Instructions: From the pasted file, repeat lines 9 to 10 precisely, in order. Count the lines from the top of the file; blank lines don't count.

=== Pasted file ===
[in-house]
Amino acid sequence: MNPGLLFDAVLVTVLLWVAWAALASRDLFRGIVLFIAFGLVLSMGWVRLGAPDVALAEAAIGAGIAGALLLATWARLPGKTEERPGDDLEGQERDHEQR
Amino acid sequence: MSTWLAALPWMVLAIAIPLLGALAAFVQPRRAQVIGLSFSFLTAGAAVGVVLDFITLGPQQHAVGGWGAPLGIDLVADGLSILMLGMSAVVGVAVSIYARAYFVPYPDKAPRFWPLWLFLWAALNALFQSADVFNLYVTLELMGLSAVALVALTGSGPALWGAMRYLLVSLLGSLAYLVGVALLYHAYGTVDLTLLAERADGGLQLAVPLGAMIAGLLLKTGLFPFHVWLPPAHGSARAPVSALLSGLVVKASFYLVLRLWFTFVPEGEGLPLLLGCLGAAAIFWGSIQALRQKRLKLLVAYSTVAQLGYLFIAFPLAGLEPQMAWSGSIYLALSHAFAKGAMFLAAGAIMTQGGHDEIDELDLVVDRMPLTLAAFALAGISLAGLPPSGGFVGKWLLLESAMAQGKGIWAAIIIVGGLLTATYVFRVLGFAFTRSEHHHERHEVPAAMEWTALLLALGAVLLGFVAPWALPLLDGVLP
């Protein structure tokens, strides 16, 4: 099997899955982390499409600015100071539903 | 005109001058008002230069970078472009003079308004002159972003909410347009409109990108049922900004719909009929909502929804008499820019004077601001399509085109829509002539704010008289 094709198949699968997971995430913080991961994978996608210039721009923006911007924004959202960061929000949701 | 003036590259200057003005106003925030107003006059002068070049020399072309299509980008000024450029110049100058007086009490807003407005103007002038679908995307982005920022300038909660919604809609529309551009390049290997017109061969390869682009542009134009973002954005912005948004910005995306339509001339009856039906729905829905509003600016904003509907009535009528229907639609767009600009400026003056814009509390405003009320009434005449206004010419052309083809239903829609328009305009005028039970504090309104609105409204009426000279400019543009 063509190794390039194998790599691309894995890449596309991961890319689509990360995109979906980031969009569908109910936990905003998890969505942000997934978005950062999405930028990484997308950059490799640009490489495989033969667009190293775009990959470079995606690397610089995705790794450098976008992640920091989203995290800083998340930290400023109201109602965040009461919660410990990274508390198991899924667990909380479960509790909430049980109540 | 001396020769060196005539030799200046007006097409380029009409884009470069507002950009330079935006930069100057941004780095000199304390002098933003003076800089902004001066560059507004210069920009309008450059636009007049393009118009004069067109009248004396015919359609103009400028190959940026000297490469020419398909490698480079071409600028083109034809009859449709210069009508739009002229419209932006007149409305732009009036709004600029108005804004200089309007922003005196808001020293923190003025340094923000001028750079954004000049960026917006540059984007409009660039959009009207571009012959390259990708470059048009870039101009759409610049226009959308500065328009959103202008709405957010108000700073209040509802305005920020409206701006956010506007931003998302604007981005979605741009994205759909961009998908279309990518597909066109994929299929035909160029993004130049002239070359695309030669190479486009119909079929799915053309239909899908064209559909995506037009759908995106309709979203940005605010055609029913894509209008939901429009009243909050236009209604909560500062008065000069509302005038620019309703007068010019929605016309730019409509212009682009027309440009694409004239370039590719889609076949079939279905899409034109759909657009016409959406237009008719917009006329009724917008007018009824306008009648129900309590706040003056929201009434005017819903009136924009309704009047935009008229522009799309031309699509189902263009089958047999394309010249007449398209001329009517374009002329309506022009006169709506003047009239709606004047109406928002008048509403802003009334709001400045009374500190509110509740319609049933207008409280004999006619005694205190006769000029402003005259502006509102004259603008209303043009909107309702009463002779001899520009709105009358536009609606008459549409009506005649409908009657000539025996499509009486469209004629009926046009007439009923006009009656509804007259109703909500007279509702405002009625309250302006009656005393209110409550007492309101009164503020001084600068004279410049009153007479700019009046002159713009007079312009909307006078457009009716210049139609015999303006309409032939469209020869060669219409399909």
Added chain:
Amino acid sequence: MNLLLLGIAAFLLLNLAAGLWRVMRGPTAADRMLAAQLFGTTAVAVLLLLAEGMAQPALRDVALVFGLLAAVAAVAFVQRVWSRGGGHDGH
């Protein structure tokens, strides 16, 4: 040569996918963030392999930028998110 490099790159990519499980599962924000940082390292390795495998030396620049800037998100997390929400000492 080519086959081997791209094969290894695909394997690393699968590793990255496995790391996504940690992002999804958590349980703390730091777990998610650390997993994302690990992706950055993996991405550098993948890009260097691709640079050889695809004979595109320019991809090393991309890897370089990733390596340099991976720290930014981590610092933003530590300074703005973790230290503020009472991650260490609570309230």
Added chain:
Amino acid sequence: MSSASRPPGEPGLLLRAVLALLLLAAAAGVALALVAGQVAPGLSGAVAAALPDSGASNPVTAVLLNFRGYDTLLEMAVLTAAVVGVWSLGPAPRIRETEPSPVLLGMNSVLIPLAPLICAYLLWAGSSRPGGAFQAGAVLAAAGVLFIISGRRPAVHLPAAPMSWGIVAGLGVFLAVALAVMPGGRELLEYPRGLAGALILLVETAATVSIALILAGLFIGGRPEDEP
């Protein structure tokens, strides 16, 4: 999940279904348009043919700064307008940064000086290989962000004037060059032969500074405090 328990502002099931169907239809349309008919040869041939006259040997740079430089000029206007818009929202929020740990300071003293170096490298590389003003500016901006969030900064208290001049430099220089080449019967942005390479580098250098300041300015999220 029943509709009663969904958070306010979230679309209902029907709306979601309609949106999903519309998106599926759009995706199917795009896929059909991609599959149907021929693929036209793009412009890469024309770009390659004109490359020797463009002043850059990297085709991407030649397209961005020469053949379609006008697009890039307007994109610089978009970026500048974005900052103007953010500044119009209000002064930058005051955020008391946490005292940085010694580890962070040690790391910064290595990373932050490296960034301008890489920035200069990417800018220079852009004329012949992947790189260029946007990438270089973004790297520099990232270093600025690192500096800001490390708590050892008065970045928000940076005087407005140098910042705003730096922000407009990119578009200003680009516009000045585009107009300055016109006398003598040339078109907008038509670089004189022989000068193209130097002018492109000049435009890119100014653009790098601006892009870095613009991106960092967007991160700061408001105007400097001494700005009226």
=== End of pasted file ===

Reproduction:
Amino acid sequence: MSSASRPPGEPGLLLRAVLALLLLAAAAGVALALVAGQVAPGLSGAVAAALPDSGASNPVTAVLLNFRGYDTLLEMAVLTAAVVGVWSLGPAPRIRETEPSPVLLGMNSVLIPLAPLICAYLLWAGSSRPGGAFQAGAVLAAAGVLFIISGRRPAVHLPAAPMSWGIVAGLGVFLAVALAVMPGGRELLEYPRGLAGALILLVETAATVSIALILAGLFIGGRPEDEP
């Protein structure tokens, strides 16, 4: 999940279904348009043919700064307008940064000086290989962000004037060059032969500074405090 328990502002099931169907239809349309008919040869041939006259040997740079430089000029206007818009929202929020740990300071003293170096490298590389003003500016901006969030900064208290001049430099220089080449019967942005390479580098250098300041300015999220 029943509709009663969904958070306010979230679309209902029907709306979601309609949106999903519309998106599926759009995706199917795009896929059909991609599959149907021929693929036209793009412009890469024309770009390659004109490359020797463009002043850059990297085709991407030649397209961005020469053949379609006008697009890039307007994109610089978009970026500048974005900052103007953010500044119009209000002064930058005051955020008391946490005292940085010694580890962070040690790391910064290595990373932050490296960034301008890489920035200069990417800018220079852009004329012949992947790189260029946007990438270089973004790297520099990232270093600025690192500096800001490390708590050892008065970045928000940076005087407005140098910042705003730096922000407009990119578009200003680009516009000045585009107009300055016109006398003598040339078109907008038509670089004189022989000068193209130097002018492109000049435009890119100014653009790098601006892009870095613009991106960092967007991160700061408001105007400097001494700005009226």